9-year-old Nu Nu Wai would like to go to school full time and become a painter. But, as a child of migrant workers from Burma her parents cannot make enough money so she only attends 10 days a month. She spends the rest of her time peeling shrimp in a factory that employs five other children. Her teacher says she works there with her parents up to 13 hours per day.
The Labor Rights Promotion Network says less than a third of Samutsakhon's 8,000 children of migrants go to school.
Head of School says about a quarter of the school's 300 migrant students are illegal and most who enroll end up dropping out to go to work. He says about 20 % end up returning to their home countries to try to become documented through a nationality verification process, but most do not return. "Teachers followed up but were informed that they went back to their home country] or other provinces. The students did not come back into the school system again. Only 5 % came back after nationality verification," he said. Activists say the nationality verification program, while well intentioned, is cumbersome, too expensive, and opens migrants and their children to abuse.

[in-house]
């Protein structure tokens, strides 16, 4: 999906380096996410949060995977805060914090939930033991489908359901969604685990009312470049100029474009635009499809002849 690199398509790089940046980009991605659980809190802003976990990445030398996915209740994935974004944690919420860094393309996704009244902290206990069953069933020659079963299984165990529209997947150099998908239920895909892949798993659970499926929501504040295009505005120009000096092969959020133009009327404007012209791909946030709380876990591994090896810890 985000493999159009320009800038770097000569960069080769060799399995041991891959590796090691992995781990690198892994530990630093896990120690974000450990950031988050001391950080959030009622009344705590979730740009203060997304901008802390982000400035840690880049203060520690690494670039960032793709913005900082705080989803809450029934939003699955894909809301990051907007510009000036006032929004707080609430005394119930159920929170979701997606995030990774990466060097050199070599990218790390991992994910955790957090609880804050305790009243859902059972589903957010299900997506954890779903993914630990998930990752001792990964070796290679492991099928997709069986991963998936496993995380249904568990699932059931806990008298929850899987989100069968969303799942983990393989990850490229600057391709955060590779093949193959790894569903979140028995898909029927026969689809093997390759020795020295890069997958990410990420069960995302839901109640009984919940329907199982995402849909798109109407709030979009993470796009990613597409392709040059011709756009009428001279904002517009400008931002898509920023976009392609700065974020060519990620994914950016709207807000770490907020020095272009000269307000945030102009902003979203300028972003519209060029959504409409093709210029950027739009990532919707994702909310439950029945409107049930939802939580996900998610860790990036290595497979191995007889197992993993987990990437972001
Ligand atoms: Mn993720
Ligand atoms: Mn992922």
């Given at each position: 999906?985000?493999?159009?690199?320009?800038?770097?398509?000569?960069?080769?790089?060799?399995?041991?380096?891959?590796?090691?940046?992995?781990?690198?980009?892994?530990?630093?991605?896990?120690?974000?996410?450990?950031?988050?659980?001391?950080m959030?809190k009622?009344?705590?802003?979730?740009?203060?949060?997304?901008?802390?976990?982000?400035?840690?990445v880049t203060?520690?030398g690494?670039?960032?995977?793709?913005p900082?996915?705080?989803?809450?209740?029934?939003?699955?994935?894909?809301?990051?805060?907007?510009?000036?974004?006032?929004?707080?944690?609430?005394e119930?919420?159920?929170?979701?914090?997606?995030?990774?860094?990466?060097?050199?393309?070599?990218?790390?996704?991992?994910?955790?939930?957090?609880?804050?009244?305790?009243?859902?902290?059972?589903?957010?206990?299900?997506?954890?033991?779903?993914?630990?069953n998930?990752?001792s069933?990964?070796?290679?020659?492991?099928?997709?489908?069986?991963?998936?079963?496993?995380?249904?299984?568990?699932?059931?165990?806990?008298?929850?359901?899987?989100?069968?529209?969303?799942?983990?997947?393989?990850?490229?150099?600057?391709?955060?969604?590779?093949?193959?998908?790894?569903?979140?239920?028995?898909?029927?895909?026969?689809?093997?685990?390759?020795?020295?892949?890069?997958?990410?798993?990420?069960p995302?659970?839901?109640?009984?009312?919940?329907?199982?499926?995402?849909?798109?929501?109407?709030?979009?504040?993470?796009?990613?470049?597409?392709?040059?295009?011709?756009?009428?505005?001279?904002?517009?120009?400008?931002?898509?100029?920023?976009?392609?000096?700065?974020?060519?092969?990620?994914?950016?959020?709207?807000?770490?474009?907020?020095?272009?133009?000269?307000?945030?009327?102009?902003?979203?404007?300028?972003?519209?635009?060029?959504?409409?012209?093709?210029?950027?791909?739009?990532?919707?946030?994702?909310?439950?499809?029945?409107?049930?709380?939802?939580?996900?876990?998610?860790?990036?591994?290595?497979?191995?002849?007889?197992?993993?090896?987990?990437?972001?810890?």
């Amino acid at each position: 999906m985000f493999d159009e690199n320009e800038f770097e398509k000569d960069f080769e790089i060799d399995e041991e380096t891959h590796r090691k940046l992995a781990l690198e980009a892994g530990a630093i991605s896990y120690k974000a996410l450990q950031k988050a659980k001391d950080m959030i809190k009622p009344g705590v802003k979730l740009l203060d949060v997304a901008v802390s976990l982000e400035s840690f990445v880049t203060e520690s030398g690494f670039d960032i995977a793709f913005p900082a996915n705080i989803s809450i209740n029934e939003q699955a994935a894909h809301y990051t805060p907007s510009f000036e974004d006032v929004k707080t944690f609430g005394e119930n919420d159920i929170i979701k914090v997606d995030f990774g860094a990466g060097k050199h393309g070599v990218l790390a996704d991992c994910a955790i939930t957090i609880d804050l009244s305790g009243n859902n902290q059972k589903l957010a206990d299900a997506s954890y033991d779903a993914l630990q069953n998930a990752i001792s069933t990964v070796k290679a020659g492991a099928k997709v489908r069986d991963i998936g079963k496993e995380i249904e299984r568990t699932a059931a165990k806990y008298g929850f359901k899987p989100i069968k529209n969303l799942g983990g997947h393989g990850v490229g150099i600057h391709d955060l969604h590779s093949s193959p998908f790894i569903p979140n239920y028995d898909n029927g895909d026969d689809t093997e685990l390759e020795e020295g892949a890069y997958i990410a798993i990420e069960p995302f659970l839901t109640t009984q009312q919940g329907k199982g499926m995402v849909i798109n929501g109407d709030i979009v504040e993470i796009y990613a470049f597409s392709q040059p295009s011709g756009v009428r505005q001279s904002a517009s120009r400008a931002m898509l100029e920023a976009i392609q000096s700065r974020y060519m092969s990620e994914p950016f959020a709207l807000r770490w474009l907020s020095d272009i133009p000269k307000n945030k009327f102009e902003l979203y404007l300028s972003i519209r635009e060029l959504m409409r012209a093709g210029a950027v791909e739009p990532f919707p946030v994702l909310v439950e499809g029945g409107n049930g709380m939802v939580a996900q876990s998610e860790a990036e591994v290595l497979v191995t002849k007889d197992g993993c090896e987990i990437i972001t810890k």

Head of School says if the children were simply made legal they would not have to leave, could attend class more, and better avoid exploitation.